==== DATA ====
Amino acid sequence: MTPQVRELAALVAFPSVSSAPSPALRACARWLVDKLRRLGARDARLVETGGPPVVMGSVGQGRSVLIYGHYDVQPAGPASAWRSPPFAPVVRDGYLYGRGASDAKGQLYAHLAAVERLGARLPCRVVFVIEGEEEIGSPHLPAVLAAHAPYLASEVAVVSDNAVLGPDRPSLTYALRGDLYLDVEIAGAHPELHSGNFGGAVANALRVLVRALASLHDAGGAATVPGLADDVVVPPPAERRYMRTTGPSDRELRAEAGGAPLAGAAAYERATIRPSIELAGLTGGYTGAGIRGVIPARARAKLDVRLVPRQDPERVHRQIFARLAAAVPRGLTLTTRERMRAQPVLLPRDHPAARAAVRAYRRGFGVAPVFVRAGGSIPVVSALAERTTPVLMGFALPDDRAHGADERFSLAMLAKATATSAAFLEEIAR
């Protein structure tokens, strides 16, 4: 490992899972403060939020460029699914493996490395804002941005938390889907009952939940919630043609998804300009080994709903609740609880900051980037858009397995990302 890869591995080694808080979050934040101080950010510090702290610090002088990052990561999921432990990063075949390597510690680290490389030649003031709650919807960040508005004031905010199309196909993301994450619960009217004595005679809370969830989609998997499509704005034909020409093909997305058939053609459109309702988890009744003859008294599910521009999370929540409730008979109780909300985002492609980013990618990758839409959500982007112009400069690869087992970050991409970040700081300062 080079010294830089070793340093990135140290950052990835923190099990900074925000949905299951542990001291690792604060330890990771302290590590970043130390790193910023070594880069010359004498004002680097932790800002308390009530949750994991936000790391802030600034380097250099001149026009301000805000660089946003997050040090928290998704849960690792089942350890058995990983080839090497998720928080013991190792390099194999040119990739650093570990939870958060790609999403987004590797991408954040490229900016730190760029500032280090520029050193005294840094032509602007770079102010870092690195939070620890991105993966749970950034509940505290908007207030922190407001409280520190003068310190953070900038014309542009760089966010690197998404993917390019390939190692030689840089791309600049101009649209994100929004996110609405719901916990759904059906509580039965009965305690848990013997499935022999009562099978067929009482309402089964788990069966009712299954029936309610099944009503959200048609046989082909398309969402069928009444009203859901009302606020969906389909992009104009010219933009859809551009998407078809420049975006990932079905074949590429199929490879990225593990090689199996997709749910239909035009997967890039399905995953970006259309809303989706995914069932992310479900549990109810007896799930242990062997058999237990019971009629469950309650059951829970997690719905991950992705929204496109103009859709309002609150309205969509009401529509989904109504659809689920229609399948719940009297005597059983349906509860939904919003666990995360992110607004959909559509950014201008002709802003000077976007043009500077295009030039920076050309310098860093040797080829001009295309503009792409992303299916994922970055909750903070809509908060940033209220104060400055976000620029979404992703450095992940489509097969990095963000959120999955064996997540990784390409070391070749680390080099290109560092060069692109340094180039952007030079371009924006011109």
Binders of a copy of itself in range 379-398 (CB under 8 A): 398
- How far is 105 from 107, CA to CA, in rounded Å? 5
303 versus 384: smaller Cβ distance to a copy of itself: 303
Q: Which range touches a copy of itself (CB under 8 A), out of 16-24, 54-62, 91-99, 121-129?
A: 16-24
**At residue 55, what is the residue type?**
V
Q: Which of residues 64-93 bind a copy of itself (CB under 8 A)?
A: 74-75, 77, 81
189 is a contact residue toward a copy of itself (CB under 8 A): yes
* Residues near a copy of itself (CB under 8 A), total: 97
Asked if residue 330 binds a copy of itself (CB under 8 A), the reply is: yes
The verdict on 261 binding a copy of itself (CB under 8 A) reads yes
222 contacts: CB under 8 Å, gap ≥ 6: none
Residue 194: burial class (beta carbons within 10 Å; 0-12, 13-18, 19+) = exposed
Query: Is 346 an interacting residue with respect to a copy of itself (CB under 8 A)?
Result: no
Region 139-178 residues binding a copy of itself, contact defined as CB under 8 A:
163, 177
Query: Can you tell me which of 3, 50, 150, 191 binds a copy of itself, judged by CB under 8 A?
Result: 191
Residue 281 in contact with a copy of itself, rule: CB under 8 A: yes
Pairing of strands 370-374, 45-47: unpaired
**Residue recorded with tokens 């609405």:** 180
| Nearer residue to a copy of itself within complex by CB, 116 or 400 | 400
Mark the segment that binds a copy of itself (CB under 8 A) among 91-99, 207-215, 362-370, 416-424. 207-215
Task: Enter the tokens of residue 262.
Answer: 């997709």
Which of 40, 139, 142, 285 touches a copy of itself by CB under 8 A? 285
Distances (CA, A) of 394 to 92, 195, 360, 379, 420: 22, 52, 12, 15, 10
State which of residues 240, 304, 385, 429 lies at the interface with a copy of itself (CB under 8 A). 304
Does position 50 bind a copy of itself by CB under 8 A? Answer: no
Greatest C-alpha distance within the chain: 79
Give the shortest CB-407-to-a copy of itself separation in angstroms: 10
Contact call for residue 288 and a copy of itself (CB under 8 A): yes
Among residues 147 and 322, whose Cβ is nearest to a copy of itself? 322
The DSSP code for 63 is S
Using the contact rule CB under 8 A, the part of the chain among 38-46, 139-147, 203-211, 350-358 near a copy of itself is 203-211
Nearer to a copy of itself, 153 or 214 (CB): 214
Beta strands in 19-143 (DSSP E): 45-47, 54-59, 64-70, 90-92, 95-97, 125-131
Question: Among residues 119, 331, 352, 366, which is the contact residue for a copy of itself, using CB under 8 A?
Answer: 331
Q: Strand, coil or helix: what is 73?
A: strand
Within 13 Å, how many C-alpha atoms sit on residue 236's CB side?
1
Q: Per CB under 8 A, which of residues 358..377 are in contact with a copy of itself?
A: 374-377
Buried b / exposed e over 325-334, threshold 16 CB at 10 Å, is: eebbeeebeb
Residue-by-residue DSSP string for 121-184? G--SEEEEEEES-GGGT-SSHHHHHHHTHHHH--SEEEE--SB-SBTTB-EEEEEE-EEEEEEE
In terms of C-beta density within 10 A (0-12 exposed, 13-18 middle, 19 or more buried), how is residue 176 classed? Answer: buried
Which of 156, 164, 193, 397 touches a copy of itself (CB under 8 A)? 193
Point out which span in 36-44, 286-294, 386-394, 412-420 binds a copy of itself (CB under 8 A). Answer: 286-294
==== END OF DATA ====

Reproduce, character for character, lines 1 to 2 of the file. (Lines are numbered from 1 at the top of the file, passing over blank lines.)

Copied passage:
Amino acid sequence: MTPQVRELAALVAFPSVSSAPSPALRACARWLVDKLRRLGARDARLVETGGPPVVMGSVGQGRSVLIYGHYDVQPAGPASAWRSPPFAPVVRDGYLYGRGASDAKGQLYAHLAAVERLGARLPCRVVFVIEGEEEIGSPHLPAVLAAHAPYLASEVAVVSDNAVLGPDRPSLTYALRGDLYLDVEIAGAHPELHSGNFGGAVANALRVLVRALASLHDAGGAATVPGLADDVVVPPPAERRYMRTTGPSDRELRAEAGGAPLAGAAAYERATIRPSIELAGLTGGYTGAGIRGVIPARARAKLDVRLVPRQDPERVHRQIFARLAAAVPRGLTLTTRERMRAQPVLLPRDHPAARAAVRAYRRGFGVAPVFVRAGGSIPVVSALAERTTPVLMGFALPDDRAHGADERFSLAMLAKATATSAAFLEEIAR
């Protein structure tokens, strides 16, 4: 490992899972403060939020460029699914493996490395804002941005938390889907009952939940919630043609998804300009080994709903609740609880900051980037858009397995990302 890869591995080694808080979050934040101080950010510090702290610090002088990052990561999921432990990063075949390597510690680290490389030649003031709650919807960040508005004031905010199309196909993301994450619960009217004595005679809370969830989609998997499509704005034909020409093909997305058939053609459109309702988890009744003859008294599910521009999370929540409730008979109780909300985002492609980013990618990758839409959500982007112009400069690869087992970050991409970040700081300062 080079010294830089070793340093990135140290950052990835923190099990900074925000949905299951542990001291690792604060330890990771302290590590970043130390790193910023070594880069010359004498004002680097932790800002308390009530949750994991936000790391802030600034380097250099001149026009301000805000660089946003997050040090928290998704849960690792089942350890058995990983080839090497998720928080013991190792390099194999040119990739650093570990939870958060790609999403987004590797991408954040490229900016730190760029500032280090520029050193005294840094032509602007770079102010870092690195939070620890991105993966749970950034509940505290908007207030922190407001409280520190003068310190953070900038014309542009760089966010690197998404993917390019390939190692030689840089791309600049101009649209994100929004996110609405719901916990759904059906509580039965009965305690848990013997499935022999009562099978067929009482309402089964788990069966009712299954029936309610099944009503959200048609046989082909398309969402069928009444009203859901009302606020969906389909992009104009010219933009859809551009998407078809420049975006990932079905074949590429199929490879990225593990090689199996997709749910239909035009997967890039399905995953970006259309809303989706995914069932992310479900549990109810007896799930242990062997058999237990019971009629469950309650059951829970997690719905991950992705929204496109103009859709309002609150309205969509009401529509989904109504659809689920229609399948719940009297005597059983349906509860939904919003666990995360992110607004959909559509950014201008002709802003000077976007043009500077295009030039920076050309310098860093040797080829001009295309503009792409992303299916994922970055909750903070809509908060940033209220104060400055976000620029979404992703450095992940489509097969990095963000959120999955064996997540990784390409070391070749680390080099290109560092060069692109340094180039952007030079371009924006011109």